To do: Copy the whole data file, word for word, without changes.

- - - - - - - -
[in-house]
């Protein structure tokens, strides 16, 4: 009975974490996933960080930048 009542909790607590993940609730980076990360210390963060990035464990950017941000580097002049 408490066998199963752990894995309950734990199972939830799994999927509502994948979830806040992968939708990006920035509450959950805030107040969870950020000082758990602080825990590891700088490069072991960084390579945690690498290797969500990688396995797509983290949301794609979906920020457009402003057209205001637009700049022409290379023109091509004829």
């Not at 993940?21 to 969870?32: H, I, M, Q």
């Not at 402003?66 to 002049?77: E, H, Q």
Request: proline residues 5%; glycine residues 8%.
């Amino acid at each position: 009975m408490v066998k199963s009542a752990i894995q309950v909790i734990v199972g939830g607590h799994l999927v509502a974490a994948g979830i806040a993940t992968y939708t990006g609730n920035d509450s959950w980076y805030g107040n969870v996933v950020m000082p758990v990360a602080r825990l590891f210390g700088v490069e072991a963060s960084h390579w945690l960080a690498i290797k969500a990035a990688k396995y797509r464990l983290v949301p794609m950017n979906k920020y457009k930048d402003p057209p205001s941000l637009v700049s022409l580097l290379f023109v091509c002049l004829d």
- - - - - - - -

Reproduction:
[in-house]
């Protein structure tokens, strides 16, 4: 009975974490996933960080930048 009542909790607590993940609730980076990360210390963060990035464990950017941000580097002049 408490066998199963752990894995309950734990199972939830799994999927509502994948979830806040992968939708990006920035509450959950805030107040969870950020000082758990602080825990590891700088490069072991960084390579945690690498290797969500990688396995797509983290949301794609979906920020457009402003057209205001637009700049022409290379023109091509004829």
């Not at 993940?21 to 969870?32: H, I, M, Q």
């Not at 402003?66 to 002049?77: E, H, Q």
Request: proline residues 5%; glycine residues 8%.
């Amino acid at each position: 009975m408490v066998k199963s009542a752990i894995q309950v909790i734990v199972g939830g607590h799994l999927v509502a974490a994948g979830i806040a993940t992968y939708t990006g609730n920035d509450s959950w980076y805030g107040n969870v996933v950020m000082p758990v990360a602080r825990l590891f210390g700088v490069e072991a963060s960084h390579w945690l960080a690498i290797k969500a990035a990688k396995y797509r464990l983290v949301p794609m950017n979906k920020y457009k930048d402003p057209p205001s941000l637009v700049s022409l580097l290379f023109v091509c002049l004829d």